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Why is it Important to Wash Produce Before it Reaches the Consumer?

Consumers can easily wash produce at home before consuming it, so why should food processing factories sanitize before shipping the produce out to grocery stores? This is a common and understandable point of confusion. Packing and processing facilities have a responsibility to wash some types of food and produce before it reaches the consumer, as they have access to more extensive sanitizing and cleaning practices. The practices themselves vary depending on the product, but many fruits and vegetables found in grocery stores have undergone extensive sanitation and disinfection processes before they even get tossed into a shopping cart.

 

What are Standard Produce Washing Practices?

First, it’s important to note that not all crops are created equal in terms of durability in intense washing. Think of an apple versus a pineapple: the skin of an apple is commonly consumed, while the thick skin of a pineapple is quickly tossed aside, meaning that it’s more important for the skin of an apple to be safe for consumers, while dirt sitting on the skin of a pineapple likely won’t penetrate into the fruit itself. Moreover, some produce cannot withstand some intense factory-level wash processes, such as tender fruits like blackberries, blueberries, grapes, or figs. While these delicate fruits might have different washing practices, crops that are more rigorously cleaned include leafy greens, avocados, cherries, oranges, and root vegetables.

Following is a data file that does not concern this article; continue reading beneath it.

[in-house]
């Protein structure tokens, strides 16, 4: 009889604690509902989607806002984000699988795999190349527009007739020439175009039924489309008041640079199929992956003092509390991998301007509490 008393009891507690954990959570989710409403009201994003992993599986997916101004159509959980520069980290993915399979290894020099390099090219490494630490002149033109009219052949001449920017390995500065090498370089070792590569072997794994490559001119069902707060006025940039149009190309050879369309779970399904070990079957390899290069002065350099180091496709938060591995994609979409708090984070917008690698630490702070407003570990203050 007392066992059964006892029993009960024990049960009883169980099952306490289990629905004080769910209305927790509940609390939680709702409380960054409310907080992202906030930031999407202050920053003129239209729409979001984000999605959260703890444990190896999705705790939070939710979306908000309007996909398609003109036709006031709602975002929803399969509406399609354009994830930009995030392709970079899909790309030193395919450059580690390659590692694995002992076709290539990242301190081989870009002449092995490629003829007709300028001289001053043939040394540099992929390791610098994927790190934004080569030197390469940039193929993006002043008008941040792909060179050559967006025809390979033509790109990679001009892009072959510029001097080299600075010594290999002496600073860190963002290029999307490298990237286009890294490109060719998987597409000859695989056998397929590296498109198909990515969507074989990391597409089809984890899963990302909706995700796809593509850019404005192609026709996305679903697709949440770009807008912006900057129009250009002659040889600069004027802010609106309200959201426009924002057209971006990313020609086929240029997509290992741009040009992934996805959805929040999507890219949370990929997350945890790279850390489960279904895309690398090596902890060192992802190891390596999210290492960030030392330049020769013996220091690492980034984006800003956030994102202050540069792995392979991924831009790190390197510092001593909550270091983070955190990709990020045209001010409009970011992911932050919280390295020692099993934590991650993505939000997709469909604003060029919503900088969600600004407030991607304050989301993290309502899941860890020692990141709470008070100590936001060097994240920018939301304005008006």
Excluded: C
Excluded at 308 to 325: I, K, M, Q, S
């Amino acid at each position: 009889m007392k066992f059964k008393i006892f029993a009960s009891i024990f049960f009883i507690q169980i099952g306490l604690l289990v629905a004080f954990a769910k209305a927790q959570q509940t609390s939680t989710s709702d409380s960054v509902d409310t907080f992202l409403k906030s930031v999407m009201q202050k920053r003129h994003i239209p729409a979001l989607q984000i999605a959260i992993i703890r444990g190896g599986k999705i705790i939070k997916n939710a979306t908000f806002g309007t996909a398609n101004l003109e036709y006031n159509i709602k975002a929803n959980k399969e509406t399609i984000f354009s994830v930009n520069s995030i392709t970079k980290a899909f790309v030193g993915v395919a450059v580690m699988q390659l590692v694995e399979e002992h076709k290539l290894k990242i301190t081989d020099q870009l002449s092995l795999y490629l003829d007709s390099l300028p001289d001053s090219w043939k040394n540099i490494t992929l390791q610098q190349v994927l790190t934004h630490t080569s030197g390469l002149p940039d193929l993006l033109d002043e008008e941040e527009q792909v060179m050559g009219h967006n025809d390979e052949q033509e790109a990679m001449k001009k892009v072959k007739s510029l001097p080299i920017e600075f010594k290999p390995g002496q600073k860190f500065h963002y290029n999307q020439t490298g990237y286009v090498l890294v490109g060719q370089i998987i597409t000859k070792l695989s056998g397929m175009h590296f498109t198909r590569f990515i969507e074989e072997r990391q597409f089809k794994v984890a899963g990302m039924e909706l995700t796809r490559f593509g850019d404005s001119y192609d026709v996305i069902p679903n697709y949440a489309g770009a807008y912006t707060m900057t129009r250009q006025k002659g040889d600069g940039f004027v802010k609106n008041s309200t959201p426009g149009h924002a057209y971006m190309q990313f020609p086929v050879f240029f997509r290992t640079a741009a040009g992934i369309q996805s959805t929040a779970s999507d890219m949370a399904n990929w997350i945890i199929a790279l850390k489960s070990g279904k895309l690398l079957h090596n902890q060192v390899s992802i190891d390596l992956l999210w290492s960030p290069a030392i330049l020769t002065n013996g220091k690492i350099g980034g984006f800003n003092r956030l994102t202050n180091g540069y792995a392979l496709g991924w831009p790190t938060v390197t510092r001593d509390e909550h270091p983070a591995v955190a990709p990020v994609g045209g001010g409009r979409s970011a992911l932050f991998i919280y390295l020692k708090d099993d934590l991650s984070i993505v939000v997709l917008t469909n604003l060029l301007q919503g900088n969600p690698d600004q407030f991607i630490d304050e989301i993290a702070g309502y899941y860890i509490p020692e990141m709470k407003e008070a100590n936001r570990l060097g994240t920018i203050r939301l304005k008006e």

For produce that can withstand washing at the factory level, such as the aforementioned leafy greens and thicker-skinned fruits, the products are put through a postharvest rinse. Sometimes the produce is first put into an agitating tank, which can be used to remove physical contaminants such as pebbles, rocks, etc. from the produce. Most products will then undergo a rinse, which adds a chemical sanitizing agent to water to rid the products of bacteria and viruses. The chemical sanitizing agent ensures that the process wash water (PWW) can be safely used on multiple products; without a sanitizing agent, the water from the rinse could potentially spread contaminants across large batches of produce. Common sanitizers include sodium hypochlorite, ozone, and even electrolyzed water.

 

How is Chlorine Dioxide Innovating Produce-Washing Procedures?

Chlorine Dioxide (ClO2) is a chemical compound that is often handled as an aqueous solution; it contains antiviral and antibacterial properties, meaning it’s commonly used to target salmonella, e. Coli, and a number of other nuisances commonly found in food processing facilities. Scientists J.L. Banach et al. published a piece for the International Journal of Food Microbiology on the effectiveness of ClO2 in fresh-cut lettuce processing. The researchers focused on using ClO2 to clean process wash water in a lettuce processing factory, and found that it was an effective sanitizer for PWW, meaning the water could be recycled to wash future batches of lettuce (Banach et al., 2018). This was only a pilot study, and the researchers encouraged further research into ClO2 specifically in washing produce, but it undoubtedly proved that chlorine dioxide can be a safe, effective sanitizer in produce washing scenarios. Chlorine dioxide is gentle, containing only two ingredients (including water), yet the study suggests that it is thoroughly effective in sanitizing PWW for produce washing.

PureLine Solutions has been in the chlorine dioxide disinfection business for over 30 years and has rigorous experience in sanitizing food production factories, including produce-washing facilities. To speak with an experienced food safety expert from PureLine about how ClO2 could sanitize your PWW and food production facilities, fill out the form below.

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Works Cited

J.L. Banach, L.S. van Overbeek, M.N. Nierop Groot, P.S. van der Zouwen, & H.J. van der Fels-Klerx, (2018).

Efficacy of chlorine dioxide on Escherichia coli inactivation during pilot-scale fresh-cut lettuce processing/

International Journal of Food Microbiology, 269, 128-136. https://doi.org/10.1016/j.ijfoodmicro.2018.01.013.